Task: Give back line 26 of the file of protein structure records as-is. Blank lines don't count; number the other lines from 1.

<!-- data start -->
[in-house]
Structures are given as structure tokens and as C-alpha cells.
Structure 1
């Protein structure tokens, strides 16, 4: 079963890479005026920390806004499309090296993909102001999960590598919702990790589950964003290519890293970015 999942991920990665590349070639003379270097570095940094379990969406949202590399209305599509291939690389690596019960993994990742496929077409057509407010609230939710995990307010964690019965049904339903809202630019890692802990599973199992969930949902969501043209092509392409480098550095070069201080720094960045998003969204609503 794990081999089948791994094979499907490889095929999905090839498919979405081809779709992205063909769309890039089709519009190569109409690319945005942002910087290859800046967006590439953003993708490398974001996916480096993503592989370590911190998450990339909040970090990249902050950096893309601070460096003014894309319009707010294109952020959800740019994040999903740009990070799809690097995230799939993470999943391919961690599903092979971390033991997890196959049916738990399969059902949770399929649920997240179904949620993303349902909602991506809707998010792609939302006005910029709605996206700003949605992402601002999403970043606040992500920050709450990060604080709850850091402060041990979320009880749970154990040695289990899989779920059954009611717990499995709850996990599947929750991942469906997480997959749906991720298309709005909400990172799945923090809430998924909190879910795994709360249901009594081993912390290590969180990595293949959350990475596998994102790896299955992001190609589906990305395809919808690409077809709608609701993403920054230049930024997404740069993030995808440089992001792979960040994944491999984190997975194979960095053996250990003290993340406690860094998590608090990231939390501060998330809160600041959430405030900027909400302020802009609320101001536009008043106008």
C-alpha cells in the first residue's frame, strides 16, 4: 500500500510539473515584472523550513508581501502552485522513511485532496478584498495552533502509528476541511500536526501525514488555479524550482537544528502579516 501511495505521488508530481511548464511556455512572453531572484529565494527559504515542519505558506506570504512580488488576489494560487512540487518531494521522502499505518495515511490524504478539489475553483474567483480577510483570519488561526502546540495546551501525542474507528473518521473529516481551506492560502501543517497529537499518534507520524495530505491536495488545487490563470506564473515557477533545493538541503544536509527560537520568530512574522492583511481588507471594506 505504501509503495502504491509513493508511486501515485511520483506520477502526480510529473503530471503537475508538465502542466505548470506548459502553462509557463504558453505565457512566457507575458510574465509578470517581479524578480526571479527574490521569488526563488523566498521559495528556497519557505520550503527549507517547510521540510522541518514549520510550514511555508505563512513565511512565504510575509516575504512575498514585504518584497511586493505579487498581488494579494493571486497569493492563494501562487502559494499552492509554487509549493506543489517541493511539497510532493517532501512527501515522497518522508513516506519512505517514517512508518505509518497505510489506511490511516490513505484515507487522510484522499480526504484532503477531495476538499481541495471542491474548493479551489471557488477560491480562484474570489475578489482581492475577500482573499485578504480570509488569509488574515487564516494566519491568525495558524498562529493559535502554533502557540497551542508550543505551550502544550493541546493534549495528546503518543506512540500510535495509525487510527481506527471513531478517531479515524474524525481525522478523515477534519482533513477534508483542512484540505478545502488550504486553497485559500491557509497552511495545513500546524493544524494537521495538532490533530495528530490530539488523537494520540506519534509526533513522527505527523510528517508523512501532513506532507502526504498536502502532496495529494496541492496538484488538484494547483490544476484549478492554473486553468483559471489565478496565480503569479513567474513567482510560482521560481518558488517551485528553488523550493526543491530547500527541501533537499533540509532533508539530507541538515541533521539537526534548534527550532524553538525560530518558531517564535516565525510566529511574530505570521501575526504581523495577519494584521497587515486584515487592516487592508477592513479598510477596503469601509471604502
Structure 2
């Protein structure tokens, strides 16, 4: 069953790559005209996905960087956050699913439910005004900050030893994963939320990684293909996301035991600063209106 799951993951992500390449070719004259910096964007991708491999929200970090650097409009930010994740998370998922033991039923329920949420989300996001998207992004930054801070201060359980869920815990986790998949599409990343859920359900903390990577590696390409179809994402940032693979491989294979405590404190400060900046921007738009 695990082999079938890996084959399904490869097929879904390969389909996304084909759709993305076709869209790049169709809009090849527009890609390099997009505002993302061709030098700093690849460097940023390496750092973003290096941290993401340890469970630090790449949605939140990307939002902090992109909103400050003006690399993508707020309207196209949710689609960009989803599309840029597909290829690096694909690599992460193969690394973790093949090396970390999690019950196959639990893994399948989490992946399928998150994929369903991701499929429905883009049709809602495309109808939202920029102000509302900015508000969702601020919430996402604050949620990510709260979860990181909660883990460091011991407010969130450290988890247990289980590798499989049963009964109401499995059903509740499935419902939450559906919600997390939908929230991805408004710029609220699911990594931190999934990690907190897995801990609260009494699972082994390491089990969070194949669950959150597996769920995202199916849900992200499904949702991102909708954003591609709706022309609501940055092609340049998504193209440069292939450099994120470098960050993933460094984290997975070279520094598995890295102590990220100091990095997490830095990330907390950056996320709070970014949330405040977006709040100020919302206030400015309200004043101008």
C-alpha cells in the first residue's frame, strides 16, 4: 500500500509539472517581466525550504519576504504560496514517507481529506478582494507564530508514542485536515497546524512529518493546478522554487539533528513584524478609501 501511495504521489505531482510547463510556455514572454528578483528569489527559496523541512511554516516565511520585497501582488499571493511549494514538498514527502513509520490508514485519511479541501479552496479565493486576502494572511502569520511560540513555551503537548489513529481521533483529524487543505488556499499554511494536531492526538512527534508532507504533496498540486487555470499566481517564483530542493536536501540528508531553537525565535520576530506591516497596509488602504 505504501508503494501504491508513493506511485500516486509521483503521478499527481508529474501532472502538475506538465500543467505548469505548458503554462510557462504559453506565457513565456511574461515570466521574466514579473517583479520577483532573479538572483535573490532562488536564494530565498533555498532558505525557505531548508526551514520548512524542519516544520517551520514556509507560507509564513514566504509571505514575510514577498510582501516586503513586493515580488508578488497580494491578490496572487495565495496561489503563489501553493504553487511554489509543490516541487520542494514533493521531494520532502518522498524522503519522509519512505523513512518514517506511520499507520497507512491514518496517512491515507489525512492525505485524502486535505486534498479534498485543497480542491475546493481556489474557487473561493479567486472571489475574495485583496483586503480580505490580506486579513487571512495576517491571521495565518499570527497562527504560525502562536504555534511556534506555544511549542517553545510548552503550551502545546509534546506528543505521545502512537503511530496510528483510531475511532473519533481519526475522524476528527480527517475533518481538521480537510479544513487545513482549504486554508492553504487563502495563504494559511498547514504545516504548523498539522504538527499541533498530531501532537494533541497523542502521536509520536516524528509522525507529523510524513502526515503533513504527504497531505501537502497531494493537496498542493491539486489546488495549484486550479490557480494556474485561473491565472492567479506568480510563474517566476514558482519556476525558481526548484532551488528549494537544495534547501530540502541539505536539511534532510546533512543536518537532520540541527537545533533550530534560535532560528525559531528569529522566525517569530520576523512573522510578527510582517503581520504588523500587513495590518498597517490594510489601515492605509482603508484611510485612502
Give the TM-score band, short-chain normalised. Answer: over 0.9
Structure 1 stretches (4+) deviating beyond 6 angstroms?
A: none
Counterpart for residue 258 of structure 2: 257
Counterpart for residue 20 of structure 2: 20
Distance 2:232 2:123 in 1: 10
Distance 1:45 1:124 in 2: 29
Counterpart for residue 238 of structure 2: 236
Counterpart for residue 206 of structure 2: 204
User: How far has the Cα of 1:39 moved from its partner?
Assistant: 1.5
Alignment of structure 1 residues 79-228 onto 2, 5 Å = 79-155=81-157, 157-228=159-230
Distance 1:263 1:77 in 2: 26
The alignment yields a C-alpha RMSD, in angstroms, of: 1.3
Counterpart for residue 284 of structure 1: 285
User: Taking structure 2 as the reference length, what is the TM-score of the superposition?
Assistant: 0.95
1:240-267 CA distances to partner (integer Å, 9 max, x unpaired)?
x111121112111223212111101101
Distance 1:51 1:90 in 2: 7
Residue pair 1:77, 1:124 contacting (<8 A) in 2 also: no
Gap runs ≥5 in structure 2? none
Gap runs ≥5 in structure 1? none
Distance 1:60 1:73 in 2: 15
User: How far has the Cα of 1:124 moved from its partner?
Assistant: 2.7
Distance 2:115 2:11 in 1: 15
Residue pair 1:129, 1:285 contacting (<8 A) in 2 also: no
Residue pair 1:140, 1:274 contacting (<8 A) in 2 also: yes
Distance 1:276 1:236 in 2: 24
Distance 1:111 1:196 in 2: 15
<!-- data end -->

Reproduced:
1:240-267 CA distances to partner (integer Å, 9 max, x unpaired)?